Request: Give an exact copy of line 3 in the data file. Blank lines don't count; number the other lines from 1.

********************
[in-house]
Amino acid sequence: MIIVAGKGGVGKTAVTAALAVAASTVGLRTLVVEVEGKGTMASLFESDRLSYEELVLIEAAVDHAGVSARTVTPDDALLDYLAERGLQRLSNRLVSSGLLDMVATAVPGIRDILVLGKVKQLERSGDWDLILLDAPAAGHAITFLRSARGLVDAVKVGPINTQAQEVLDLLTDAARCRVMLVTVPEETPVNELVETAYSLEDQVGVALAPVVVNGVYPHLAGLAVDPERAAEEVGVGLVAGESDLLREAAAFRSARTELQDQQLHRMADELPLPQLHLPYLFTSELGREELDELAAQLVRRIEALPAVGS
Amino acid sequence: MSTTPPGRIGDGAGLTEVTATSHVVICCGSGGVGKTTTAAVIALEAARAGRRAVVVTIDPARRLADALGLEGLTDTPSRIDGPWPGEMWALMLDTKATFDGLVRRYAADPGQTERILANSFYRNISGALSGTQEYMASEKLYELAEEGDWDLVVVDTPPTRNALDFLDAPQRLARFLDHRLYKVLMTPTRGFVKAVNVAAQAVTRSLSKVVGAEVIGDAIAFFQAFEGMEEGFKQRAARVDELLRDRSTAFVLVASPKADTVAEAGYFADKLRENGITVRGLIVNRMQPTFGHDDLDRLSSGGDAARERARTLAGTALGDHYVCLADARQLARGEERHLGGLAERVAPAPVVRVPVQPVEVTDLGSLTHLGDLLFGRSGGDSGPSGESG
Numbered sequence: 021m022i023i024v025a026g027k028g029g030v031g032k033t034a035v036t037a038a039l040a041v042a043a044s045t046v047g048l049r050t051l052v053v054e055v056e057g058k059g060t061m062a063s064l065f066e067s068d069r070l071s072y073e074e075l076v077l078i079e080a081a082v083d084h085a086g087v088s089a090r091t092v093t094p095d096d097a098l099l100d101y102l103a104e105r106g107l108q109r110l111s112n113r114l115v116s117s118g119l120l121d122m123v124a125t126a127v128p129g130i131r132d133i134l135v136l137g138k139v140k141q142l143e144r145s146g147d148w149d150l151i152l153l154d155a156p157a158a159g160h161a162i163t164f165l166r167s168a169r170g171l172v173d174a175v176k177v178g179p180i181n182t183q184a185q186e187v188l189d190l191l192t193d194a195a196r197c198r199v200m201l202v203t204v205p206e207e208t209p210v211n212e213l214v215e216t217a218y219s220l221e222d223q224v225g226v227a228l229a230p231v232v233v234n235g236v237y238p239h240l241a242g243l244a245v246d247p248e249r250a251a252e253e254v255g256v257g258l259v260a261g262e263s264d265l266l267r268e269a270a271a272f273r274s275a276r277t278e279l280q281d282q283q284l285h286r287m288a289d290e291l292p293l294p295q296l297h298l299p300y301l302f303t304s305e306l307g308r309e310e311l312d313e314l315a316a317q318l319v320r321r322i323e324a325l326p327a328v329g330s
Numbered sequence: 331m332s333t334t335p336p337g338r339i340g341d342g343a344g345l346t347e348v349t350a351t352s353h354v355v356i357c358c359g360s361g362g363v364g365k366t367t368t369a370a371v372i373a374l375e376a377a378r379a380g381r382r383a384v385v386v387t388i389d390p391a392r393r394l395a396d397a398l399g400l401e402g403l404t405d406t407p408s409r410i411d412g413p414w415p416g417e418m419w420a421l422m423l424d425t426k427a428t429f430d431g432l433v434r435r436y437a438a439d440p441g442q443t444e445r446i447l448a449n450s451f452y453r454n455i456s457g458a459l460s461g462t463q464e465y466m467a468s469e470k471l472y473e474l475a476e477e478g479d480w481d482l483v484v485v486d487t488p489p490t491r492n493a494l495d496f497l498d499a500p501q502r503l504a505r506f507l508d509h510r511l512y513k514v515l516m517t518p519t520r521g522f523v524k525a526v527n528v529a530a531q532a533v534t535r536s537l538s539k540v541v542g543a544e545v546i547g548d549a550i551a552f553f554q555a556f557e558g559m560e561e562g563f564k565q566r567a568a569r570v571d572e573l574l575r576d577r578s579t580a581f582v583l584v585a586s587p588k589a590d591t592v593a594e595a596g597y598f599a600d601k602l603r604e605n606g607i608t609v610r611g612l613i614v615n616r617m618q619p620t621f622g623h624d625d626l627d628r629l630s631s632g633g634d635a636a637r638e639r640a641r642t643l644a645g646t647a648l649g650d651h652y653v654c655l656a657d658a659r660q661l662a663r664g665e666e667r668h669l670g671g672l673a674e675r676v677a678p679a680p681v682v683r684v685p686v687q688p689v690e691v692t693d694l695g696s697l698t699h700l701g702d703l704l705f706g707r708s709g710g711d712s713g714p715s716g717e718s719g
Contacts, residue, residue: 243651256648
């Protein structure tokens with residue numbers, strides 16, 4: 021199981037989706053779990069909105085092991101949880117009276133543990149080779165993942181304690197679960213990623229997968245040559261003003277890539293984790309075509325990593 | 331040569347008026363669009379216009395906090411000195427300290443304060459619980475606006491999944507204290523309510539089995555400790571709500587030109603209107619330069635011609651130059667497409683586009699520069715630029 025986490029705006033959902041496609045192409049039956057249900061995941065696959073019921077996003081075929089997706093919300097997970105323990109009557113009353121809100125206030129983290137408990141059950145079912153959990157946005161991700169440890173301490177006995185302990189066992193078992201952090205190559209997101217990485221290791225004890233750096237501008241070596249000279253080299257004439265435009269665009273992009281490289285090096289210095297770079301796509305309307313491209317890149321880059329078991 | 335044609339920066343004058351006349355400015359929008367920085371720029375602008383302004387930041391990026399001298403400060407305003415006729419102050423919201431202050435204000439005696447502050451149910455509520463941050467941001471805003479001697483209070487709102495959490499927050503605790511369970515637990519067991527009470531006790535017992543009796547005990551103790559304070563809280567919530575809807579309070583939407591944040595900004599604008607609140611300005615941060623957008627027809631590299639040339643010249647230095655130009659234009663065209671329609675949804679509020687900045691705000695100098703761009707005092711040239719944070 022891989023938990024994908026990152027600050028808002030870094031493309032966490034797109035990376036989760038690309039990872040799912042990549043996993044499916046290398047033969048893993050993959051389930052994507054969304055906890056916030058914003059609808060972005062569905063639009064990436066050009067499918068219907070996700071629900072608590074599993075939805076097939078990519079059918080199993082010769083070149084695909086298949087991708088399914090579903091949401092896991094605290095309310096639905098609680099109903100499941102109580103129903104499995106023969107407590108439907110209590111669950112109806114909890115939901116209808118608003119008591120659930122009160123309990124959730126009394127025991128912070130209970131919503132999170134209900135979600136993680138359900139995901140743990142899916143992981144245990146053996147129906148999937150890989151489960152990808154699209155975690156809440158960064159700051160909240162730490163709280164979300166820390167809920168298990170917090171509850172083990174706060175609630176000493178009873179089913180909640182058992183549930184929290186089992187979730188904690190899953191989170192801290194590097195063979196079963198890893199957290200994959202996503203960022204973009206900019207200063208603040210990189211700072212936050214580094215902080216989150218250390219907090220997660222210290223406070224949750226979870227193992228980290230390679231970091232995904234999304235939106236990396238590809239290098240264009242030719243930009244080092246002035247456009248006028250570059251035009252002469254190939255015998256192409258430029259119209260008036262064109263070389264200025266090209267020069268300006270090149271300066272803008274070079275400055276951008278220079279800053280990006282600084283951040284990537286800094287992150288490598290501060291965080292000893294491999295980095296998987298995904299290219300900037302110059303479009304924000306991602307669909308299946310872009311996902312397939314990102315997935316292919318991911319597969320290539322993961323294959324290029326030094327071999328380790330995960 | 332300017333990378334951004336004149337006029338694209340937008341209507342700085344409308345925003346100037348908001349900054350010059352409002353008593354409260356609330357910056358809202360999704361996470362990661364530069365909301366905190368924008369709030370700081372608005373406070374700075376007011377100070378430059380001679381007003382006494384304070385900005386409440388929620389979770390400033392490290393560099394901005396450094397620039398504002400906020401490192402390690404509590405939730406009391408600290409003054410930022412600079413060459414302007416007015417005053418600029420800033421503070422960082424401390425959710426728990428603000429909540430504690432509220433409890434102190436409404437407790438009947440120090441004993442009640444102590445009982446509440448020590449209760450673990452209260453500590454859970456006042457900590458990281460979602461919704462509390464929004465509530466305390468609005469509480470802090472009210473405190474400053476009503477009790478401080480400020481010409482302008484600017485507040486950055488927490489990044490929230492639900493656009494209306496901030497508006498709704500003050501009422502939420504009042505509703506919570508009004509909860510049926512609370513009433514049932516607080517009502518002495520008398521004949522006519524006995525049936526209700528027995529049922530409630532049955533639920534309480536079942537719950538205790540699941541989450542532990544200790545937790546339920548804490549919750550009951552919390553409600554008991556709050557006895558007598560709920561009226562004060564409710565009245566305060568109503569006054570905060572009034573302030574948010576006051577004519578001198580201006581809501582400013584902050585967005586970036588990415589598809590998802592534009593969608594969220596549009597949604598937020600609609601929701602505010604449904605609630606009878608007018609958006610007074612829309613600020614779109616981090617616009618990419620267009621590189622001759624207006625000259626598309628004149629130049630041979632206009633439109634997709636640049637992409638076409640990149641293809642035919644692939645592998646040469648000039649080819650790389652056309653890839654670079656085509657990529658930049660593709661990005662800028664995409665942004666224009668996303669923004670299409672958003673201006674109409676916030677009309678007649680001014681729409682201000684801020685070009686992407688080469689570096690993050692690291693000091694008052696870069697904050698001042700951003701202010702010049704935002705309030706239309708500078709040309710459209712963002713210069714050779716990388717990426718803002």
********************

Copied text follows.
Amino acid sequence: MSTTPPGRIGDGAGLTEVTATSHVVICCGSGGVGKTTTAAVIALEAARAGRRAVVVTIDPARRLADALGLEGLTDTPSRIDGPWPGEMWALMLDTKATFDGLVRRYAADPGQTERILANSFYRNISGALSGTQEYMASEKLYELAEEGDWDLVVVDTPPTRNALDFLDAPQRLARFLDHRLYKVLMTPTRGFVKAVNVAAQAVTRSLSKVVGAEVIGDAIAFFQAFEGMEEGFKQRAARVDELLRDRSTAFVLVASPKADTVAEAGYFADKLRENGITVRGLIVNRMQPTFGHDDLDRLSSGGDAARERARTLAGTALGDHYVCLADARQLARGEERHLGGLAERVAPAPVVRVPVQPVEVTDLGSLTHLGDLLFGRSGGDSGPSGESG